Five questions for the woman running the Pentagon's mad science research agency

Sponsored Links

Five questions for the woman running the Pentagon's mad science research agency

DARPA. It's an acronym that comes loaded with certain expectations -- a governmental research organization from which emerges some of the most advanced military technology the world has ever seen. While there's truth to that description, it fails to encapsulate all the work DARPA does. Yes, the research agency is developing robots, tactical drones and futuristic weaponry, but it also has its hands in biotechnology, big data analysis and telecommunications research, among other projects, too. And managing all of that fast-paced, groundbreaking work is Dr. Arati Prabhakar, DARPA's director. She's joining us this Saturday, November 8th, onstage at Expand in New York to share (some of) her agency's secrets, but you can read on to get a sneak peek into the United States' most renowned governmental skunkworks, right now.

What is DARPA, and what is your job as director?

The Defense Advanced Research Projects Agency is an agency of the Department of Defense with a very specific mission: to make seminal investments in breakthrough technologies for national security. We are explicitly a "projects" agency -- we identify technical capabilities that don't exist today, but that we think could be made real with the right kind of concerted effort; we pick individuals to lead the charge toward achieving those bold and sometimes even implausible goals; and we provide a carefully balanced mix of funding, freedom and insistence upon meeting milestones along the way. If progress does not continue apace or failure appears inevitable, we drop the effort, shift our focus and move on, in the recognition that when one bets on breakthroughs, one will sometimes lose. But of course, when you win, you win big. That's DARPA's mission, and as director it's my job to make sure that the more than half-century of successes that DARPA has catalyzed -- the internet, stealth technology, mobile GPS and a number of revolutionary advances in microelectronics, to name just a few -- continues into the future.

How does DARPA choose areas of research in which to invest?

Sometimes DARPA leadership learns of a challenging technological need or opportunity and the agency brings on board a program manager -- generally someone from academia, industry or a government laboratory -- who has the right stuff to take that effort on. In other cases, existing program managers, who typically do stints of about four years at DARPA, generate ideas from inside and make the case for putting resources into turning those ideas into realties. In relatively rare but important instances, DARPA has responded to immediate needs, as it did when the military needed enhanced network-communications tools in Afghanistan -- or, as has recently been the case, when the nation and the world need quick, game-changing advances in the diagnosis, prevention and treatment of Ebola.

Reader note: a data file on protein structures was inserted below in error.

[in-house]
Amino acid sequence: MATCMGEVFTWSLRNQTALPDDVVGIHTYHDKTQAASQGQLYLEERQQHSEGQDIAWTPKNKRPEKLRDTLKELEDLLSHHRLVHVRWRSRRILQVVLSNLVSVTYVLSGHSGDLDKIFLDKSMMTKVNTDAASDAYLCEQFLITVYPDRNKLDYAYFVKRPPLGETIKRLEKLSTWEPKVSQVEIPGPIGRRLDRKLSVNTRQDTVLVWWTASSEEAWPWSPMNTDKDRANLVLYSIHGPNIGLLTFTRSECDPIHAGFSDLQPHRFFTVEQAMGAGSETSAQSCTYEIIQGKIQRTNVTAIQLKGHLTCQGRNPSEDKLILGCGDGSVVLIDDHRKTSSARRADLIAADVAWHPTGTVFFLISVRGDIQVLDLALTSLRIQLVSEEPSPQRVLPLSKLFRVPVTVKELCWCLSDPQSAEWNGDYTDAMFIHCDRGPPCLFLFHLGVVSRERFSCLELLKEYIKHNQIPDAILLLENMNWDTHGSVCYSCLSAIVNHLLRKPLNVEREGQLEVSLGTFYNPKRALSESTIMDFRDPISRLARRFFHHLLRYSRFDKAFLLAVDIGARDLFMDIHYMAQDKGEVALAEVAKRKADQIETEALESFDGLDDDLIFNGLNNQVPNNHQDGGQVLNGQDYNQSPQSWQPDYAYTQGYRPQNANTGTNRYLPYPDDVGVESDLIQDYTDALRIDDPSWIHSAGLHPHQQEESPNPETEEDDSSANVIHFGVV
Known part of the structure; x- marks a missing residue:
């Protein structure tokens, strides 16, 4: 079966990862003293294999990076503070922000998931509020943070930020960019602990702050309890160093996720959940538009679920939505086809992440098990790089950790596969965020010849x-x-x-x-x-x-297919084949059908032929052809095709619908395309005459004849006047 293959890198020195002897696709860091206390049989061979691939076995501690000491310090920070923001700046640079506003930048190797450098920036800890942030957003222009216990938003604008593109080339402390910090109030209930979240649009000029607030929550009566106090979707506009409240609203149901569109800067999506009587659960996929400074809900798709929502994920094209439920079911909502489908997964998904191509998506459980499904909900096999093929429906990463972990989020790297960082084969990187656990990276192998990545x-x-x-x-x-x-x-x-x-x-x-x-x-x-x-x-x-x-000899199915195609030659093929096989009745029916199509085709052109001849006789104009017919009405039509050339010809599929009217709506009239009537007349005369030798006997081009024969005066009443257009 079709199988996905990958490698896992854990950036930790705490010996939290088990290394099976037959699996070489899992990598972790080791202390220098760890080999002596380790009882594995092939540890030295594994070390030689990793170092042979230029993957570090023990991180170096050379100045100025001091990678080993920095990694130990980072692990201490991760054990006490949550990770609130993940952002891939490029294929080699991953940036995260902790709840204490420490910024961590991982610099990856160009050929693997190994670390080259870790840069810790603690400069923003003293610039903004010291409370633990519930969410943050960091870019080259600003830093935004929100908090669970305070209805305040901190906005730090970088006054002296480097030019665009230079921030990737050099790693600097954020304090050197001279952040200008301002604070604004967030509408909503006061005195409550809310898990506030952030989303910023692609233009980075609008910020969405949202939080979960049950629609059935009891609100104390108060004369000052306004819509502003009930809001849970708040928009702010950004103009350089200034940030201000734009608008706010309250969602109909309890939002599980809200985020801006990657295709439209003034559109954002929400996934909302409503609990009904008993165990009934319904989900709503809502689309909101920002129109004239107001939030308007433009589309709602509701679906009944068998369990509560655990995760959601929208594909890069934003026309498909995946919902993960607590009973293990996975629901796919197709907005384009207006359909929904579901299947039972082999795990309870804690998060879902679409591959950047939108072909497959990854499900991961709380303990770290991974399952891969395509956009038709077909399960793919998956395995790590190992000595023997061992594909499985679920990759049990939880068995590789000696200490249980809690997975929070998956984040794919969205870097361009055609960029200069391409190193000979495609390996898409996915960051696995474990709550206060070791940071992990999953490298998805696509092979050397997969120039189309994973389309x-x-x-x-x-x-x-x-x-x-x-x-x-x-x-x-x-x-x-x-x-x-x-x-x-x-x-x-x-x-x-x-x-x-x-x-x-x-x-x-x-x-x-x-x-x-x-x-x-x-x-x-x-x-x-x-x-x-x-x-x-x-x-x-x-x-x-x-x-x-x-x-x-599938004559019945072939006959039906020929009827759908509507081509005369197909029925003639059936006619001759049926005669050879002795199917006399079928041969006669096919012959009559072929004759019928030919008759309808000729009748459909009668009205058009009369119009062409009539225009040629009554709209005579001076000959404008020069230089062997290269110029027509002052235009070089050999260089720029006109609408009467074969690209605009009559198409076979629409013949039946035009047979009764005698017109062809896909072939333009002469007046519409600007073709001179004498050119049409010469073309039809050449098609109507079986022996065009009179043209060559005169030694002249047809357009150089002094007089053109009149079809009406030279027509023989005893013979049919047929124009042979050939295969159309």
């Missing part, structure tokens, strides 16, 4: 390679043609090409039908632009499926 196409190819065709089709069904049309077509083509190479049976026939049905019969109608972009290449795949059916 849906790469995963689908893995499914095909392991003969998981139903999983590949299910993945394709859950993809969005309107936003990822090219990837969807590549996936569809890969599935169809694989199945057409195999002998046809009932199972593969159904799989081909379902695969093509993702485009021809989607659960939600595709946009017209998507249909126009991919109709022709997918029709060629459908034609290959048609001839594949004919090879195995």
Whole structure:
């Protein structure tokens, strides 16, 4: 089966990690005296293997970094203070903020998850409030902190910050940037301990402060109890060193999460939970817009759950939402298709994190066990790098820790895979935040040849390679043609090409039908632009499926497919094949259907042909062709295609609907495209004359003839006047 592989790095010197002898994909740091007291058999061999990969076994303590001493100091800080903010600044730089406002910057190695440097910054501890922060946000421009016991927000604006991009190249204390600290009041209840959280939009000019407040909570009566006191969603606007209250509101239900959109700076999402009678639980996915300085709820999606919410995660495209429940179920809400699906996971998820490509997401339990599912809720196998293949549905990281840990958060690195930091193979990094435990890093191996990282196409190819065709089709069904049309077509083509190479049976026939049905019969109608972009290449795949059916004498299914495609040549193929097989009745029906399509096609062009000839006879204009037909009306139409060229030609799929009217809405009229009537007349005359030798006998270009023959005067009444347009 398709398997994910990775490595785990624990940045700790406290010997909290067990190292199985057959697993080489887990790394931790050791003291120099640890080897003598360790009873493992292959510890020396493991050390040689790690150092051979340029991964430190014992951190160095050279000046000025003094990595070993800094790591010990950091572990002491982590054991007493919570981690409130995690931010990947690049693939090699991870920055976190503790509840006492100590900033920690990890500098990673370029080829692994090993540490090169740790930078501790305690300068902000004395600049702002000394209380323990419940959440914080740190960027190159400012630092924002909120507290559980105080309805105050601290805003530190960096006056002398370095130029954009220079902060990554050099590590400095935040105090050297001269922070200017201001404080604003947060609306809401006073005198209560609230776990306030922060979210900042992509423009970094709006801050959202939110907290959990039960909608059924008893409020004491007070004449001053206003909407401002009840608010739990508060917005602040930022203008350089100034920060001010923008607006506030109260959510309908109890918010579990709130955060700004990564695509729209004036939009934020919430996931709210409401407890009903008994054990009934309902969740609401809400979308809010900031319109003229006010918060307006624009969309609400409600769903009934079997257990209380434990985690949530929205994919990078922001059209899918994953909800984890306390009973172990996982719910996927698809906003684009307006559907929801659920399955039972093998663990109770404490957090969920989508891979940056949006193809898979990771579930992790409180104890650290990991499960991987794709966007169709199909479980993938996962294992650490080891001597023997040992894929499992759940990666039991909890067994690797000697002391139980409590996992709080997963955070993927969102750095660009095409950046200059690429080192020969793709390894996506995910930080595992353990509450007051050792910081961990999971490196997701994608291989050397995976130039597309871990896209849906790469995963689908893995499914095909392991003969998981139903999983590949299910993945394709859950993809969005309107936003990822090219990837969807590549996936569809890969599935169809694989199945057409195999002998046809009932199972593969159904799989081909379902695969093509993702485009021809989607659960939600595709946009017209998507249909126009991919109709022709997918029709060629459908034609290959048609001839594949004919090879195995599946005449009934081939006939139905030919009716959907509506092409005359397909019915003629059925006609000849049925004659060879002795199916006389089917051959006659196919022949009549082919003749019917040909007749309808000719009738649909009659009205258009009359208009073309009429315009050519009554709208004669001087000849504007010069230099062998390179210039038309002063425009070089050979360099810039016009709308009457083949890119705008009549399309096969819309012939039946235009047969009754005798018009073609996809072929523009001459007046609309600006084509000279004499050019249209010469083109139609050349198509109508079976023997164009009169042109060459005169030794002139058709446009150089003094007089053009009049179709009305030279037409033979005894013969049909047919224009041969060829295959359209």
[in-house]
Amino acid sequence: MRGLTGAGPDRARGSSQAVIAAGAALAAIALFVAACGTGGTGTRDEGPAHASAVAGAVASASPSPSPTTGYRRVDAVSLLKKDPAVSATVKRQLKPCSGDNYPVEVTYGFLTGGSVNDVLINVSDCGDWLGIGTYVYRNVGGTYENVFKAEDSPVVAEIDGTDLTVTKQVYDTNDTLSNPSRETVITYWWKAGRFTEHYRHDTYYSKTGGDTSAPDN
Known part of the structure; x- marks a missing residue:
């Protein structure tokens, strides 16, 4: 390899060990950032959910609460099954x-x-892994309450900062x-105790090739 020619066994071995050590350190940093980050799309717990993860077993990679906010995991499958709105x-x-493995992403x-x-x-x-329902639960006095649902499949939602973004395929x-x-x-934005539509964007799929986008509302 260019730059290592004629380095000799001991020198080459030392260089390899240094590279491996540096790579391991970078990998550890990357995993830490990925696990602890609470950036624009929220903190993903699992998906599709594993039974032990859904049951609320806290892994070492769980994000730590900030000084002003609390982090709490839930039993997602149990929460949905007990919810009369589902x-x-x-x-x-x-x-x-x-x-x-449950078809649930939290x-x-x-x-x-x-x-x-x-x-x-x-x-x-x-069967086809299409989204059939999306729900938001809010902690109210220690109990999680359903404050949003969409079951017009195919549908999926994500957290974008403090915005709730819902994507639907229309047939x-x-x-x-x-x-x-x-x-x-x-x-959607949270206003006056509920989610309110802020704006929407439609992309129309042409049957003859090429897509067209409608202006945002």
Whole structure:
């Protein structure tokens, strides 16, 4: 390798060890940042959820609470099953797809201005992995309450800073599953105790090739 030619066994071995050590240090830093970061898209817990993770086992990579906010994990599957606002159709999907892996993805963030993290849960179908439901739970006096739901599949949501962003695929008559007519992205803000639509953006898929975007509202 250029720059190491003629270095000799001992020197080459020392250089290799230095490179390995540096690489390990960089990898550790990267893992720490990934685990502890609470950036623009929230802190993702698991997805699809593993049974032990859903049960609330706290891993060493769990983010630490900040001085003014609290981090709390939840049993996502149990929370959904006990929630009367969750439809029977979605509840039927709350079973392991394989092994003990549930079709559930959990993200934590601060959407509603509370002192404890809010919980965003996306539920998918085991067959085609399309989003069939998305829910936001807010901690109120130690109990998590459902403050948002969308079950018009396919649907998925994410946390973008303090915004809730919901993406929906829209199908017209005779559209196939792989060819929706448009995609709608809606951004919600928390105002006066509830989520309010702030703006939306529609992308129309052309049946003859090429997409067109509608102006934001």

Of the agency's current projects, which one will have the most immediate impact on civilians?

One of the exciting things about how DARPA works -- and an inherent quality of the terra incognita that DARPA, by design, explores and works within -- is that no one really knows which efforts will have the most impact or even what, exactly, those impacts will be. We do know, however, that DARPA programs have repeatedly made the nation more secure and stoked the economy by opening up new spaces for commercial as well as military innovators to explore and exploit. As an example, new approaches to immunization and infectious-disease tracking and control now being pursued by DARPA's Biological Technologies Office show great promise not just for protecting our troops, but also for protecting civilians in the United States and abroad. Similarly, groundbreaking research by DARPA-funded performers in the arena of brain-machine interfaces, implantable neural electrodes and mechanical limb prostheses have great potential to reduce the suffering of individuals with limb loss, traumatic brain injuries or other neuropsychiatric conditions, such as PTSD or depression.

Name an area of research that people would be surprised to find within DARPA's portfolio.

How about fighting human trafficking? It turns out that the identification of human trafficking networks is really in large part a big data problem -- something that DARPA is very good at -- and many of the networks involved are linked to other bad-actor networks that pose serious national security threats. DARPA is applying advanced algorithms and other sophisticated tools to everyday information sources such as publicly posted illicit business listings to reveal global currents of abuse and terror, with the goal of radically changing the return-on-investment assumptions of those who would prey upon innocent victims or plot violence against the nation.

Are robots going to take over the world and destroy us?

Did you watch the semifinals of the DARPA Robotics Challenge in December, where the world's most advanced humanoid robots competed in a series of tasks related to humanitarian assistance and disaster relief? The best of them could barely climb a few stairs without toppling over. For the foreseeable future, I'm a lot more worried about humans messing with humans than I am about robots messing with humans.

All products recommended by Engadget are selected by our editorial team, independent of our parent company. Some of our stories include affiliate links. If you buy something through one of these links, we may earn an affiliate commission.
Popular on Engadget